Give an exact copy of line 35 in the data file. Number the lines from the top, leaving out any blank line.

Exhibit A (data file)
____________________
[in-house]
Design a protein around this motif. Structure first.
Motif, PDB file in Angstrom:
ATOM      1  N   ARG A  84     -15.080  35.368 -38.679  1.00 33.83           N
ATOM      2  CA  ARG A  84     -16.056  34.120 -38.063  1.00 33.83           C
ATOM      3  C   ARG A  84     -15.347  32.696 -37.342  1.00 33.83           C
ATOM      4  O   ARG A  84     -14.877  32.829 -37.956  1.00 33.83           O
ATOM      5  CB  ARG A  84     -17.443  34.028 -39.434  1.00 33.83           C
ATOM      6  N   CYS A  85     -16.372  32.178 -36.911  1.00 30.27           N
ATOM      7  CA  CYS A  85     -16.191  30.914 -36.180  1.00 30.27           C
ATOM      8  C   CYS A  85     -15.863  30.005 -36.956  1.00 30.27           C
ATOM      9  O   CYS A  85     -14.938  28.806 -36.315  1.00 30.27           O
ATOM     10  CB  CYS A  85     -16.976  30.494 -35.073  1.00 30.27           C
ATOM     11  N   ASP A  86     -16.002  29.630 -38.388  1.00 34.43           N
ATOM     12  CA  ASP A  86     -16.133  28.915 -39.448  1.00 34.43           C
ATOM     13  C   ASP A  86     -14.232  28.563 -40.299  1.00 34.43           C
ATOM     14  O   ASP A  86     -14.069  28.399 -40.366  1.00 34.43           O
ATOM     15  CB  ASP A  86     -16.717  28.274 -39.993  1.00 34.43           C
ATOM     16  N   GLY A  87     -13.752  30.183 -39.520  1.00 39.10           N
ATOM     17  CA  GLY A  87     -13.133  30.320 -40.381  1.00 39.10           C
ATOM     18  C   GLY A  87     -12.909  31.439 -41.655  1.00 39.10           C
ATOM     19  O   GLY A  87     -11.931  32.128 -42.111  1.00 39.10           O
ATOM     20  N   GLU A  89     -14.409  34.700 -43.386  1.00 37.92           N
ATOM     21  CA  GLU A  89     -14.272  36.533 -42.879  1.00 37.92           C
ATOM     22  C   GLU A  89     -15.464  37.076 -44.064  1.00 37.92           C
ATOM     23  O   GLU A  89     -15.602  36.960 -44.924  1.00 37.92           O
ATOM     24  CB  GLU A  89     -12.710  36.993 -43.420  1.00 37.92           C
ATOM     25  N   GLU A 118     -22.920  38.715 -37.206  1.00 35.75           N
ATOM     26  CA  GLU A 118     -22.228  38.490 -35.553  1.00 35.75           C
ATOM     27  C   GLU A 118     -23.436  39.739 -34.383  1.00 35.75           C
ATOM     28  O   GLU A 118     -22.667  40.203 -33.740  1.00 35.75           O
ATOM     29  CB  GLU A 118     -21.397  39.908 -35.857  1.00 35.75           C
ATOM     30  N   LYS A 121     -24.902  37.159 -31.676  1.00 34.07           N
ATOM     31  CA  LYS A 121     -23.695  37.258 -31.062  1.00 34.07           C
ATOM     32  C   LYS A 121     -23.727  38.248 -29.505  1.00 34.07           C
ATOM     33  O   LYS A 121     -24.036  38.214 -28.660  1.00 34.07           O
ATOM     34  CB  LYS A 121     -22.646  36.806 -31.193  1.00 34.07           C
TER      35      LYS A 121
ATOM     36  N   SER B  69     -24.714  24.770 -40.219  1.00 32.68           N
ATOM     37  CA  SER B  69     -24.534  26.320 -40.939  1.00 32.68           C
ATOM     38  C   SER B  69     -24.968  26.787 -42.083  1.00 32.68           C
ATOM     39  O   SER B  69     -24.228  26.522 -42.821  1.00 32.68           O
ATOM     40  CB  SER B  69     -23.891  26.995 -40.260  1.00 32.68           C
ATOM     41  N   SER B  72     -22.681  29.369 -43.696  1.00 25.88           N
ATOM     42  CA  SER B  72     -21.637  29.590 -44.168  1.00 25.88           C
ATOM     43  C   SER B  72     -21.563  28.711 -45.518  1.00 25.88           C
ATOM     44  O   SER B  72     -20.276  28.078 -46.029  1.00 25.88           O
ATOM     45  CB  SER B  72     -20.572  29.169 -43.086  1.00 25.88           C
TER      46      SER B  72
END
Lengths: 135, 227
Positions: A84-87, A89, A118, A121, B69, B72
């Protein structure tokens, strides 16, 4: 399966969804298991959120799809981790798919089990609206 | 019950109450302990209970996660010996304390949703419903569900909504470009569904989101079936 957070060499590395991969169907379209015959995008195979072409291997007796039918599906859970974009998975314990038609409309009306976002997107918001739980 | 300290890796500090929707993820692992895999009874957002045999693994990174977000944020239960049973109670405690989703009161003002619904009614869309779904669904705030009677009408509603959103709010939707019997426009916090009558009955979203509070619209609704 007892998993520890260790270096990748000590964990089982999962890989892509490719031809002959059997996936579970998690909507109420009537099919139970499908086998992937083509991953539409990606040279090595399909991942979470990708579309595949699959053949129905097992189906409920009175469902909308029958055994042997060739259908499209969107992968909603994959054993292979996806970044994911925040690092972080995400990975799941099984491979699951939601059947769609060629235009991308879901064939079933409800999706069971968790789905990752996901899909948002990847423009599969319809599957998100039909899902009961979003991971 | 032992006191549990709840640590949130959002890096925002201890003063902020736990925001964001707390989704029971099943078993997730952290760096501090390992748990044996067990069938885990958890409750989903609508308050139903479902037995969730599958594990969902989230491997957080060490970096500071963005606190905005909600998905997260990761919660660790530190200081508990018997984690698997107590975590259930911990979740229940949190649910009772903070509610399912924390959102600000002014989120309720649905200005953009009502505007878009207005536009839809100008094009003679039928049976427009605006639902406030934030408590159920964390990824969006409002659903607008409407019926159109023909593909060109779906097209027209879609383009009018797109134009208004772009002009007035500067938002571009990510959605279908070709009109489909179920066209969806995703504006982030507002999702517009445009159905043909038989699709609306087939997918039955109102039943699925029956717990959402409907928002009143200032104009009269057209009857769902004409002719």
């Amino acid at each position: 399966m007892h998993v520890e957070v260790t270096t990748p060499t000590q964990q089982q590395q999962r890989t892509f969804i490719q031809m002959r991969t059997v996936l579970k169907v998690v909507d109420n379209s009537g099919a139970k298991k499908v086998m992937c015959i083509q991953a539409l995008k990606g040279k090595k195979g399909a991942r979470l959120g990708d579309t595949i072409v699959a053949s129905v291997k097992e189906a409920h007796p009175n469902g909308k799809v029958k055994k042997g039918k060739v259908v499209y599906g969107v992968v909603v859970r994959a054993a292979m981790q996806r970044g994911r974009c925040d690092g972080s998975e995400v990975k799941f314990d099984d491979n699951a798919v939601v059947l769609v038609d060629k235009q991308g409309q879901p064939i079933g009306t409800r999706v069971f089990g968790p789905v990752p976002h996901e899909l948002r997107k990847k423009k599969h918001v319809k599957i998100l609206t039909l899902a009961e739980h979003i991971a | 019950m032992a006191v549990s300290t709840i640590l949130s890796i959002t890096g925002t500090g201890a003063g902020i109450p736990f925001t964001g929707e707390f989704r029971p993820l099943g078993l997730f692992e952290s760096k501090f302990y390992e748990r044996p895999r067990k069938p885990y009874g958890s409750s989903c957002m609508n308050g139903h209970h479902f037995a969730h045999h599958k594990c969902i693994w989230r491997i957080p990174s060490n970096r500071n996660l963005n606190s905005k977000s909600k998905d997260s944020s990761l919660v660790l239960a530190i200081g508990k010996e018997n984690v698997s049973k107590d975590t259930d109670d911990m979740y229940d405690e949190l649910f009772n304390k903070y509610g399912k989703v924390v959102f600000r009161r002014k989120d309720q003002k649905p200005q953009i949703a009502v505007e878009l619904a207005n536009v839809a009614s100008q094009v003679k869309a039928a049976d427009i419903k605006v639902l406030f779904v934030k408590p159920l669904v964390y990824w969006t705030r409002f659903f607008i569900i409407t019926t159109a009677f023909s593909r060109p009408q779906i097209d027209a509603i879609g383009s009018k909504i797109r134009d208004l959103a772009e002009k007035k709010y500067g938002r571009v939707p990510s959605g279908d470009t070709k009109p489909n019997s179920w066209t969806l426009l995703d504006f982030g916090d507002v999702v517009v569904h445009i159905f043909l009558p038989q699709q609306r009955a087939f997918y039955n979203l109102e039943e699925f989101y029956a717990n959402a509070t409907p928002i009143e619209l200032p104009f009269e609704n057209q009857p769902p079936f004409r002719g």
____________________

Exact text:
ATOM     32  C   LYS A 121     -23.727  38.248 -29.505  1.00 34.07           C